We’re positively hyped for our March round-up of artists to watch. This column looks at artists from across the cultural spectrum that are rising in unique ways. And this month, we’re jumping from indie pop to electro soul, to Chicago R&B and a rapper on the tip of The Weeknd’s tongue. Check it out.
You might’ve already heard the commanding Korean-American vocalist on “Push” from Slowthai’s album Tyron, or perhaps you peeped last year’s sneaky excellent Where Have All The Flowers Gone? EP. Now Deb Never just dropped her first new tune of the year, “Crutches,” a hopeful, happy-go-lucky indie-electro pop jam about embracing your individuality and channeling your inner-drive. “No matter what they say ya, better hold your head up. No way out,” the now LA-based Never sings on the anthemic track over a shower of effects, strings and thunderous drum and bass that invite you to express yourself.
When The Weeknd was celebrating his birthday in Vegas earlier this month, a clip surfaced of him singing along to Yeat’s “Get Busy.” The track, with its syrup-soaked video game beat, features the now-viral lyric “This song already was turnt but here’s a bell,” followed by clanging church bells. Portland-raised and now LA-based, Yeat’s career was born from SoundCloud, and then blew up on TikTok with tracks like “Sorry Bout That” and “Money Twërk.” His latest album, 2 Alivë, came out on February 18th and features appearances from Young Thug (on the melodic drums and bells of “Öutside”) and Gunna (on the woozy keys-driven “Rackz Got Më.) Unsurprisingly, the album’s LA listening party prompted a shutdown for crowd control issues illustrating that the hype is real. Now signed to Field Trip/Geffen, all the elements for a continued breakout are here.
On both Classical Notions of Happiness and Something To Say To You, Jordana’s first two releases, we were introduced to a witty songwriter, with an intrinsic knack for cynical, tongue-in-cheek indie pop. Now the 21-year-old has announced her proper debut studio album, Face The Wall, (out May 20th on Grand Jury) and she’s armed with an even sharper pop music knife. “Catch My Drift” is a catchy, glitzy jam with buoyant vocals that she says is “about going back and forth with your feelings for someone when they make you question whether they are even reciprocated.”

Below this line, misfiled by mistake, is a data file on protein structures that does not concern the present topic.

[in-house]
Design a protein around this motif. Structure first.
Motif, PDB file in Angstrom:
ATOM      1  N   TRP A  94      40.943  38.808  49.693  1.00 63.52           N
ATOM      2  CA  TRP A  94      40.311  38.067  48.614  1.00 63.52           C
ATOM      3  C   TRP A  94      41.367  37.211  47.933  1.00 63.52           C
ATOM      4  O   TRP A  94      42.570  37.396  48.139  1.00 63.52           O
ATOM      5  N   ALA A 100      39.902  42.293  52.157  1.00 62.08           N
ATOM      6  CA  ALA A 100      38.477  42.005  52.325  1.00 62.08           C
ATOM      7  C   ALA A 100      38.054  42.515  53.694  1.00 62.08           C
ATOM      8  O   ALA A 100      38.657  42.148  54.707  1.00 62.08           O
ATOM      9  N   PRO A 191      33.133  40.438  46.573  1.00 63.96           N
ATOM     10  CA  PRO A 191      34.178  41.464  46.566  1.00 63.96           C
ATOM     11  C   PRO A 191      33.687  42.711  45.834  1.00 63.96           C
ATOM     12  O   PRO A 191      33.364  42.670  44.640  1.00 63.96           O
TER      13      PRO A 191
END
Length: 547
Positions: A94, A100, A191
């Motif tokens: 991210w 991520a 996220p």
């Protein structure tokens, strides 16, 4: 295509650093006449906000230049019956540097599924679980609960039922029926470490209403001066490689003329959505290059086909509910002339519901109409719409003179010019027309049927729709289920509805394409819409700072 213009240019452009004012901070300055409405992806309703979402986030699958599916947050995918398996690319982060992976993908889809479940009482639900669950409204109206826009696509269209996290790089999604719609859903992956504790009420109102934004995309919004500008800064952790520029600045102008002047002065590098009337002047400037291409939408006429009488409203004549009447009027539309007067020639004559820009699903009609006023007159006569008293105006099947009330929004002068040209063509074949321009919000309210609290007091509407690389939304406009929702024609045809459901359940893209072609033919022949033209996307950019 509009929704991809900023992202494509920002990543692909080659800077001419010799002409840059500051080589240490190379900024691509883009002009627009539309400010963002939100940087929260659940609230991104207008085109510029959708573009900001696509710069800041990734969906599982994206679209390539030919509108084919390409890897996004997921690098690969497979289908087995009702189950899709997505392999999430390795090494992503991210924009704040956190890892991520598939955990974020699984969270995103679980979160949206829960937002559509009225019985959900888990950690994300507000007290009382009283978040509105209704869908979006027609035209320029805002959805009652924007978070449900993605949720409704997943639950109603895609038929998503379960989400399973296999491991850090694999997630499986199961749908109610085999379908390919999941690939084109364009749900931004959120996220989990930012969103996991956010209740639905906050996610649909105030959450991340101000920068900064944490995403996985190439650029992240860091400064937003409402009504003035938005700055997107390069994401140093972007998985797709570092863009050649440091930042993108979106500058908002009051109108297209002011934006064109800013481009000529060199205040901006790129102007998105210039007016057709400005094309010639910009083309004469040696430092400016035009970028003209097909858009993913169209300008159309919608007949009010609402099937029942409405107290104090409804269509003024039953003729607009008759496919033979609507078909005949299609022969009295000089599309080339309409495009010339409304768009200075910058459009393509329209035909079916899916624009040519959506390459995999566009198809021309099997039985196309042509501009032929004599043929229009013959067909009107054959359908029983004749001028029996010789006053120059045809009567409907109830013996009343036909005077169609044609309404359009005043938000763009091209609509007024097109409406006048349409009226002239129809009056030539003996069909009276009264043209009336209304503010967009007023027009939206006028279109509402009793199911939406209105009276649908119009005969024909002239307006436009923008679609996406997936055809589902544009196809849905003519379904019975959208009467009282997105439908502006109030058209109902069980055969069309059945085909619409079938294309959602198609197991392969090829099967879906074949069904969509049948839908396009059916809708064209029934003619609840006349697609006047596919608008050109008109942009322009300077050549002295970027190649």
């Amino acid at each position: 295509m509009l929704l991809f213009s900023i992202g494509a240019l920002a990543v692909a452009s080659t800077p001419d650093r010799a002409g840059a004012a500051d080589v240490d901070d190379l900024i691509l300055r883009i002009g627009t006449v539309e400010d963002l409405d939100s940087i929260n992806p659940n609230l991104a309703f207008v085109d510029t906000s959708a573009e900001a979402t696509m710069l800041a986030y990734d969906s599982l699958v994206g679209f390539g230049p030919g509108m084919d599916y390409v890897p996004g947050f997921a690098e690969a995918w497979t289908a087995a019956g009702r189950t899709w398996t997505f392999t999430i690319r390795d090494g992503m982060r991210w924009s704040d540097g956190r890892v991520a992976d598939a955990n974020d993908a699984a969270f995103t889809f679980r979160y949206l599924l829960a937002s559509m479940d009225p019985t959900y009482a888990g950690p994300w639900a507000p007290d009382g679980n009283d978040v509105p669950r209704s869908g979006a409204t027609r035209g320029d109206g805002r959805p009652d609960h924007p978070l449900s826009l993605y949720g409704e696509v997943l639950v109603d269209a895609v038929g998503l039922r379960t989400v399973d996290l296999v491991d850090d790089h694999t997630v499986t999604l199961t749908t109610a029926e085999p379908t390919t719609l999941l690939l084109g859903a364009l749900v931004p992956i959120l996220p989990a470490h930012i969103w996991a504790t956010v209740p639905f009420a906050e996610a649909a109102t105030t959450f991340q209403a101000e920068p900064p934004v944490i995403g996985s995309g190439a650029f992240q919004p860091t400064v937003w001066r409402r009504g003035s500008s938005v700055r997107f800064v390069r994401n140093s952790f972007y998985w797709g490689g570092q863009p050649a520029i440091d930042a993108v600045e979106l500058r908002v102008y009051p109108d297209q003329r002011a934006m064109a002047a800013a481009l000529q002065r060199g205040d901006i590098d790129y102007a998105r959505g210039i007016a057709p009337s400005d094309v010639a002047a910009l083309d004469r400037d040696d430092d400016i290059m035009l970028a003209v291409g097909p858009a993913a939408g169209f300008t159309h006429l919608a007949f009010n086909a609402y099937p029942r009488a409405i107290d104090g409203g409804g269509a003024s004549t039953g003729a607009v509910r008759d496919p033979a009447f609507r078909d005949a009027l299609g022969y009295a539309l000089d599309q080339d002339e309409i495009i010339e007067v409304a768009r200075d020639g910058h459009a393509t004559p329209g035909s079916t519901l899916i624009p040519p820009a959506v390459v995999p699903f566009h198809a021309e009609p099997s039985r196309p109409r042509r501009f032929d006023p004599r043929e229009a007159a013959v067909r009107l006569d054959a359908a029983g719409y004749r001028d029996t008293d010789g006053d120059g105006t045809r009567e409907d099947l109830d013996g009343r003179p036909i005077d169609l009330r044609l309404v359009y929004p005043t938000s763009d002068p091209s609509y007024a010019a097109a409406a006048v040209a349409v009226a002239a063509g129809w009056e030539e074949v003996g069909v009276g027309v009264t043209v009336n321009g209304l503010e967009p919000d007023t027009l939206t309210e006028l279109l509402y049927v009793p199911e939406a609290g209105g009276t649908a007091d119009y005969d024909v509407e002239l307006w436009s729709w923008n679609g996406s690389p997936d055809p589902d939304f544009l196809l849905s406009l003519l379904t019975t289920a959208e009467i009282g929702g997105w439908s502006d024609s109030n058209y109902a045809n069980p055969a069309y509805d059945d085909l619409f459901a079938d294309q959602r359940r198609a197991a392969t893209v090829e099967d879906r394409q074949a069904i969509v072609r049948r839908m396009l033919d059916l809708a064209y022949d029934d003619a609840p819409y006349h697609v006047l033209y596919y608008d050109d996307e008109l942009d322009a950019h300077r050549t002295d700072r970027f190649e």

When we highlighted Khazali’s track “Passion Controller” last month, we called it “a good fit for both the dance floor and the afterparty.” And the deeper I dive into the UK electro-soul singer’s catalog, the more he feels like a worthy star student of Sampha and Sbtrkt’s breed of vocal productions. But there’s a far more rhythmic step from Khazali and his second EP, The Rush, is made up of pieces of his dream journals expressed in the sonic universe of the romantically-woven characters he’s created. His latest jam, “Dance In The Rain,” is a liquid groove that further builds the anticipation for the release of The Rush, out March 11th via Kitsuné Musique.
A Chicago native of Guatemalan and Venezuelan descent, Kaina’s take on R&B celebrates love, lineage, and heritage. The silky-voiced singer recently signed with City Slang and her latest two singles, “Casita” and “Apple,” were both co-written and co-produced with fellow Chicagoan Sen Morimoto. “Casita” is a bi-lingual ode to being with family and friends in simpler times, with Kaina singing “I’ve always dreamt about a place, big enough for us all to stay, so that we could be together.” While “Apple,” with a video that links it to a linear story that begins to unfold on “Casita” — has an upbeat swing over Morimoto’s guitar and Kaina’s layered vocals. She’ll be joining Helado Negro on tour in May and we’ll be keeping tabs on more heat from Kaina no doubt.